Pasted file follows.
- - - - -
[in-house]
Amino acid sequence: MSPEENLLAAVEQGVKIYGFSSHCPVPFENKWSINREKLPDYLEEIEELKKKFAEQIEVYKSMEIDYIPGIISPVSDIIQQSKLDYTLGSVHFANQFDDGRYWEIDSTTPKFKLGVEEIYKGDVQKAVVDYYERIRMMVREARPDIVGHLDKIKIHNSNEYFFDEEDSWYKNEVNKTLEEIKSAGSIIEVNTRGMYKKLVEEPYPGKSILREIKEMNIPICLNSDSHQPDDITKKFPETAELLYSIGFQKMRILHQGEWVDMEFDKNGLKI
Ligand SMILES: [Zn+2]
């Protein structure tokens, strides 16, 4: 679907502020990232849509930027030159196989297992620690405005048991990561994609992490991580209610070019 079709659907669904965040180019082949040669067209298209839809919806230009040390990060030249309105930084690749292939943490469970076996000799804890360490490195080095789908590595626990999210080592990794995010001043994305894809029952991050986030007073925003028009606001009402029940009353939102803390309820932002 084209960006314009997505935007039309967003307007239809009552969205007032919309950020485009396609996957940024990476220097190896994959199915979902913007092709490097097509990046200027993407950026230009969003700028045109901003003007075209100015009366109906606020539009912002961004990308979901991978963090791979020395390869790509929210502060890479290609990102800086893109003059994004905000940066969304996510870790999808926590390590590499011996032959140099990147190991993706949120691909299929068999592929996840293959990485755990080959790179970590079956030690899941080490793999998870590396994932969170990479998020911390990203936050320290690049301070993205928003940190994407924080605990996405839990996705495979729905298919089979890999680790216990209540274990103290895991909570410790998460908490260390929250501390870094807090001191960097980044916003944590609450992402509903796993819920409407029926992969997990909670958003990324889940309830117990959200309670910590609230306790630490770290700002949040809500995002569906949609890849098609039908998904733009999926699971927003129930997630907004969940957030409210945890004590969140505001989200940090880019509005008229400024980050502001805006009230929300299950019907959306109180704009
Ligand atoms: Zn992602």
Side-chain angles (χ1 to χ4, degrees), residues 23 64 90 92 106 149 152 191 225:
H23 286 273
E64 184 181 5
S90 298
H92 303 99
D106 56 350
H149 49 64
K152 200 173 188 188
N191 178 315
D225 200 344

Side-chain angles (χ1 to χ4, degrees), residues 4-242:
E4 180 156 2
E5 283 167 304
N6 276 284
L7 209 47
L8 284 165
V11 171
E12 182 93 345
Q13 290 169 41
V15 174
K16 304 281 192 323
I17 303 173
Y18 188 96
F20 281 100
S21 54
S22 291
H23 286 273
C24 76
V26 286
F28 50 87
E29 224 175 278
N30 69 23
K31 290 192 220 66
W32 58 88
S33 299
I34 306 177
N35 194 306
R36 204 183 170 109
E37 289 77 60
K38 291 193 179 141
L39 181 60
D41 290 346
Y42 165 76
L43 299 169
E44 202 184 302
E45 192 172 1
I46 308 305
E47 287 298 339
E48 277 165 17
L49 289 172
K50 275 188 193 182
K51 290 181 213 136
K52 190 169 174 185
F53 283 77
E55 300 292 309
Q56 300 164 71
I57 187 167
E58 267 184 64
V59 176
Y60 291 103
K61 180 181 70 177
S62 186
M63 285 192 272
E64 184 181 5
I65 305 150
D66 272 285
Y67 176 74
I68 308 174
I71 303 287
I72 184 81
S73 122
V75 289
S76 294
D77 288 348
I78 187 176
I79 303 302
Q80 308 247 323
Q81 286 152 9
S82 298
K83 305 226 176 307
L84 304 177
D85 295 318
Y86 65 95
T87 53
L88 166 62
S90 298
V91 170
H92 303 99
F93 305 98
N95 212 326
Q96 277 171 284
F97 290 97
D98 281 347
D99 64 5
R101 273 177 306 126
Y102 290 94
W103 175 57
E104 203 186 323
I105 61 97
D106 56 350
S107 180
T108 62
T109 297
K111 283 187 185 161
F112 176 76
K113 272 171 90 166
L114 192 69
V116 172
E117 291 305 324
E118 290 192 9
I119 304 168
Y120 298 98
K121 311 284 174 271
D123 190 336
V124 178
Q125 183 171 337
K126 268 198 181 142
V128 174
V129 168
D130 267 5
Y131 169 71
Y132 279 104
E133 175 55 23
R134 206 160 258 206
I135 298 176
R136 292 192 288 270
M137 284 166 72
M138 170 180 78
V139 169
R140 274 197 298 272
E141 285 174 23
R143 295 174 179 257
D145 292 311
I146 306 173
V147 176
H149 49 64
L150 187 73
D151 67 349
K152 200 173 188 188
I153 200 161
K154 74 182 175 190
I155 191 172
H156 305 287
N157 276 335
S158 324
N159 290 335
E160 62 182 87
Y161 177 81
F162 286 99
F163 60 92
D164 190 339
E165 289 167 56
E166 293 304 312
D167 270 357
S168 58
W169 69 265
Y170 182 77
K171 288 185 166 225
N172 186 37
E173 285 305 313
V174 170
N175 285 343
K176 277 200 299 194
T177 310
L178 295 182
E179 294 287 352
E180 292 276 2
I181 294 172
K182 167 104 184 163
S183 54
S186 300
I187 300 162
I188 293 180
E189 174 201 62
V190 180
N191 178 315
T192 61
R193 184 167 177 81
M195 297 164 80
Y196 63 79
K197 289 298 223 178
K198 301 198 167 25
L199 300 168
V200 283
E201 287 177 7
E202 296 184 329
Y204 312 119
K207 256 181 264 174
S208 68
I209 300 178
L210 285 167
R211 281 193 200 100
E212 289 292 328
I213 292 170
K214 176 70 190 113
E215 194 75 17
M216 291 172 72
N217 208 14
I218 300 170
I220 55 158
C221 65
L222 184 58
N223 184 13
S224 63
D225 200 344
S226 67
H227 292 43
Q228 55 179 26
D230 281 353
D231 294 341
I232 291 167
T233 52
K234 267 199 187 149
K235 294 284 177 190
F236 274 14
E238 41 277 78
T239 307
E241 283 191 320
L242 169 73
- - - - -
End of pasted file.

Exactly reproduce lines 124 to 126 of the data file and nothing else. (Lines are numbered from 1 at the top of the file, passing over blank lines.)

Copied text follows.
V129 168
D130 267 5
Y131 169 71